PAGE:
Paine Edmonds LLP - Blog
What is My Case Worth? Loss of Earning Capacity Damages Explained
One of the most contentious components of a personal injury claim is assessing the appropriate amount of compensation for “loss of earning capacity”.
These damages are meant to compensate an injured person who has evidence to prove that their injuries will limit their ability or capacity to earn
income in future. This amount of compensation is in addition to other types of compensation, such as “pain and suffering” damages (see our previous blog on this topic).
In many cases, insurance companies will try to argue that an injured person’s injuries do not limit their ability to earn income at all. In BC car
accident cases, insurance companies such as ICBC often outright refuse to offer anything unless there is strong evidence to support such a claim.
The reason why insurance companies take such a stern position is due to the simple fact that this type of compensation can be very significant,
especially for a high income earner who is unable to earn as much income due to their injuries. In such cases, the amount of “loss of earning capacity”
damages can often exceed the amount for pain and suffering damages. In fact, often times when the media reports a large judgment made by the courts, loss of earning capacity compensation is typically the largest component, not the award for pain and suffering. Of course, for those that do not earn as much income, the amount may not be as significant or may be far less than the pain and suffering award.
Nonetheless, it is a loss that they should still be compensated for in some measure.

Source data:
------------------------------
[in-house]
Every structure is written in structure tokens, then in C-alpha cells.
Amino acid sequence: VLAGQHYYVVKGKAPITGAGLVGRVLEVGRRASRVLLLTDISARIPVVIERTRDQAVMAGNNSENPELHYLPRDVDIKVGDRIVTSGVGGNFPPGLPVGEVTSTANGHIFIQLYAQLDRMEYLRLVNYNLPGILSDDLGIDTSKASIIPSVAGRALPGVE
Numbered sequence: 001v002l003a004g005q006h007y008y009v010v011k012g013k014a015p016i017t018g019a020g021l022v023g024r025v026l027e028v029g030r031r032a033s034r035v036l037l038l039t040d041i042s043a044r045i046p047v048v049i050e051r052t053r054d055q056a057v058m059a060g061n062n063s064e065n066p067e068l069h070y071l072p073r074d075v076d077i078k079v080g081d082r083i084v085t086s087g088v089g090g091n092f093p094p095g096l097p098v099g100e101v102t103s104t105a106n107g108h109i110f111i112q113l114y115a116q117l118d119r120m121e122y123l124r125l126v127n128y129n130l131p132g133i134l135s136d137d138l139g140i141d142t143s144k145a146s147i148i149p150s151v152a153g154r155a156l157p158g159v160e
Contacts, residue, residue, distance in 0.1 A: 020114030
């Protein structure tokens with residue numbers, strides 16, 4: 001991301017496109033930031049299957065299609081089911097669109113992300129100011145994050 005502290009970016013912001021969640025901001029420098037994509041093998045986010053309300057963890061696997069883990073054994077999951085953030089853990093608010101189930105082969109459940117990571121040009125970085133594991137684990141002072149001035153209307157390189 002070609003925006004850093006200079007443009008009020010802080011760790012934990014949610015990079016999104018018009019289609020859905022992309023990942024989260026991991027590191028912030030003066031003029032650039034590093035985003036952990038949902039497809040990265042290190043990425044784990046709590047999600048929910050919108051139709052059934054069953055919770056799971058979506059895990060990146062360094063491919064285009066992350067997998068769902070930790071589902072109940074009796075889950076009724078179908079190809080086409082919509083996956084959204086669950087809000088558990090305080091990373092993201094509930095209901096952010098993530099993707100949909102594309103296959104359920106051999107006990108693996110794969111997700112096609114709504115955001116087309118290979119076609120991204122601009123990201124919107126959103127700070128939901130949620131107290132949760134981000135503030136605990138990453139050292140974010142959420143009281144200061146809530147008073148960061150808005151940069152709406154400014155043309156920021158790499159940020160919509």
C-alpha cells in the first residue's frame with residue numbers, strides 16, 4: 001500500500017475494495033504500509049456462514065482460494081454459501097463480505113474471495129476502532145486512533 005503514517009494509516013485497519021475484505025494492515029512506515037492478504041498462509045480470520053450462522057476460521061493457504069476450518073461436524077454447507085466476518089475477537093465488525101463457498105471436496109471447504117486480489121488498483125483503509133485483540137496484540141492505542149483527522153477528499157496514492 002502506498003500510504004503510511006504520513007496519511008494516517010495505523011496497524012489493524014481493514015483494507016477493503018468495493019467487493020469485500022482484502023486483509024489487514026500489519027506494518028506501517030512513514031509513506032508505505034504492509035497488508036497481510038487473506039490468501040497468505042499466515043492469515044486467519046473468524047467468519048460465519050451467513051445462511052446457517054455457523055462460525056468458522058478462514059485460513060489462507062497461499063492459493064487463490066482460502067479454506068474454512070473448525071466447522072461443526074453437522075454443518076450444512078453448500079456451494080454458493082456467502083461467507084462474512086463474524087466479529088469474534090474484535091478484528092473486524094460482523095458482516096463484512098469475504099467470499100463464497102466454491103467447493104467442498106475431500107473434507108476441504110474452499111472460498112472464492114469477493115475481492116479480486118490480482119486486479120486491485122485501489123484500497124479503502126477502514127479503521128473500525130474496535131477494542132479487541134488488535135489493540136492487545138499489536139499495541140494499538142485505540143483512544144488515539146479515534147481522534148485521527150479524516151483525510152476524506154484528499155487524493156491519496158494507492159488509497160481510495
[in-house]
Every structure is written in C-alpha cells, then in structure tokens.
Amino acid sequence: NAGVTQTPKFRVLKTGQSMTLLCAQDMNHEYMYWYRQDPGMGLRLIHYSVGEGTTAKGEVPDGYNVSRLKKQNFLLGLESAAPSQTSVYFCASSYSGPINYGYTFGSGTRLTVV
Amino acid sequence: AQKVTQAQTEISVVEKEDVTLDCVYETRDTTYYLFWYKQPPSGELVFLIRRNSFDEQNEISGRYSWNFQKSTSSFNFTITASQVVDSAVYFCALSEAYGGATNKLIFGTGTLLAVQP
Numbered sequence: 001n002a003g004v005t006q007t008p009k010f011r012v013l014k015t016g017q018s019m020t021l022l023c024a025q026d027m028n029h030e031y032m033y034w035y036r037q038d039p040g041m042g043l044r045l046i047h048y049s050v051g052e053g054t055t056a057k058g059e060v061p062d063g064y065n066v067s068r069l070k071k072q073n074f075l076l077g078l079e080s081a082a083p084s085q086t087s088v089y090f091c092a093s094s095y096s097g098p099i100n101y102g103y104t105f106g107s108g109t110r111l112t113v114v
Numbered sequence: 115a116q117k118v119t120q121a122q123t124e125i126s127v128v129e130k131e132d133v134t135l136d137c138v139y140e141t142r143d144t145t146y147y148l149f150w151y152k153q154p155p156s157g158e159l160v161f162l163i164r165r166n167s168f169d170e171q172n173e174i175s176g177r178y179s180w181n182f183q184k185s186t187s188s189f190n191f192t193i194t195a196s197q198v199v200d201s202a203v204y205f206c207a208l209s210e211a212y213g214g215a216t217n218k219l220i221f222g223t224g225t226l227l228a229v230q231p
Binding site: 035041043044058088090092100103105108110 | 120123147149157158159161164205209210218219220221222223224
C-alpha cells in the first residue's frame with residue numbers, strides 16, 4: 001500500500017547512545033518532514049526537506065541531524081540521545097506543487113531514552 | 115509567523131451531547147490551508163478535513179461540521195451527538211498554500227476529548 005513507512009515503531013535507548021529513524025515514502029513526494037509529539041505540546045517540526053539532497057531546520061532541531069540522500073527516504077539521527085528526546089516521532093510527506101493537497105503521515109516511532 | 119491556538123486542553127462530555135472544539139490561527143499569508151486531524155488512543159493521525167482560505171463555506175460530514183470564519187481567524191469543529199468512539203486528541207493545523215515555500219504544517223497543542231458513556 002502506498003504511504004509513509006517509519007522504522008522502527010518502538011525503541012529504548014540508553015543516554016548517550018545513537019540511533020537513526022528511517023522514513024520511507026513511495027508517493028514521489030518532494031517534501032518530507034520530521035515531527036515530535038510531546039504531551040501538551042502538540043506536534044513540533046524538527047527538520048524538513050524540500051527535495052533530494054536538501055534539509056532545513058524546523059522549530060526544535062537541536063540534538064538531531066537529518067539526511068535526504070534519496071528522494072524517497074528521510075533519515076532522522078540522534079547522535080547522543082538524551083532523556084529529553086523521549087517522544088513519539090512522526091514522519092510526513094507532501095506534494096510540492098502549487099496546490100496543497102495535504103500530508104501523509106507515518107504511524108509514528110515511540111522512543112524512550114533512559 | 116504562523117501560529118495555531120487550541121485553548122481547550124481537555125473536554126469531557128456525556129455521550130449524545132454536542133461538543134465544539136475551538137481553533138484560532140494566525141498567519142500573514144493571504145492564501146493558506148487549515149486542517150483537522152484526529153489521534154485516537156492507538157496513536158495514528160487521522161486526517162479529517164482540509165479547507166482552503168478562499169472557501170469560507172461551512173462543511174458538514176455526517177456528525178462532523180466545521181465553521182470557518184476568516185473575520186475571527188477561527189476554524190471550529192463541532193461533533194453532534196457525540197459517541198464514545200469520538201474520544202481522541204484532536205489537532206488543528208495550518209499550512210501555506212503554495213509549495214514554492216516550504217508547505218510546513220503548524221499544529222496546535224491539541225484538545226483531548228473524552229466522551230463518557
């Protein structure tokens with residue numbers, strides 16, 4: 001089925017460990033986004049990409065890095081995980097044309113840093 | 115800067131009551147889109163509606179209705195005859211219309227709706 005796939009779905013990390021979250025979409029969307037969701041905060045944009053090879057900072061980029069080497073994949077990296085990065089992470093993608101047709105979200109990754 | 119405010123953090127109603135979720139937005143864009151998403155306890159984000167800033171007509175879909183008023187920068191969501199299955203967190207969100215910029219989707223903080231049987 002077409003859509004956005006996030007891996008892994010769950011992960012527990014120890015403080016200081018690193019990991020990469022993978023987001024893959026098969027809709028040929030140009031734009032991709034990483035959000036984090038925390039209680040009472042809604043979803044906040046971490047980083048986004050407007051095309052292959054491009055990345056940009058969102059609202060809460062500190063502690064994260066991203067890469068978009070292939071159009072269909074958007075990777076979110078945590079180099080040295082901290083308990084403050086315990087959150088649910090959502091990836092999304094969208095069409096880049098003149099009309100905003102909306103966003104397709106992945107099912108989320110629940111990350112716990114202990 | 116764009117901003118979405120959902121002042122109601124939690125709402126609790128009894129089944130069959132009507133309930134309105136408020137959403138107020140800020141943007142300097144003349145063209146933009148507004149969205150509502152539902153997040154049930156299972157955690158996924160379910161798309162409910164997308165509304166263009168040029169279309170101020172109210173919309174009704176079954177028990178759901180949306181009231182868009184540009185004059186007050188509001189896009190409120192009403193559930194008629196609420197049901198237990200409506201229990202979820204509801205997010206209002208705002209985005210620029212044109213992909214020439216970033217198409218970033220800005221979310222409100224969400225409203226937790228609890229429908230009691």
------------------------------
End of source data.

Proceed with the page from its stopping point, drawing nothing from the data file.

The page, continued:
Given that insurance companies will often refuse to offer this type of compensation, it is very important that you retain a knowledgeable and experienced personal injury lawyer to present this claim for you. A personal injury lawyer will be able to gather the necessary opinions from medical and economic experts to prove this part of your claim. Also,
most importantly, a personal injury lawyer will be able to present the legal arguments to convince the insurance company you’re dealing with to
soften their position and offer compensation.
The law in this area is complex but the main principles that a court must consider were recently summarized by the BC Supreme Court in the decision,
Parker v. Lemon, 2012 BCSC 27:
paras. 25-32, which I summarize as follows:
on an assessment of the loss;
Remember that every case is different and the evidence required and the right approach to quantify the loss will vary so make sure you speak to a knowledgeable and experienced personal injury lawyer to help you best present your case. If
you would like to arrange a free consultation with one of our
to contact us.
Take care out there!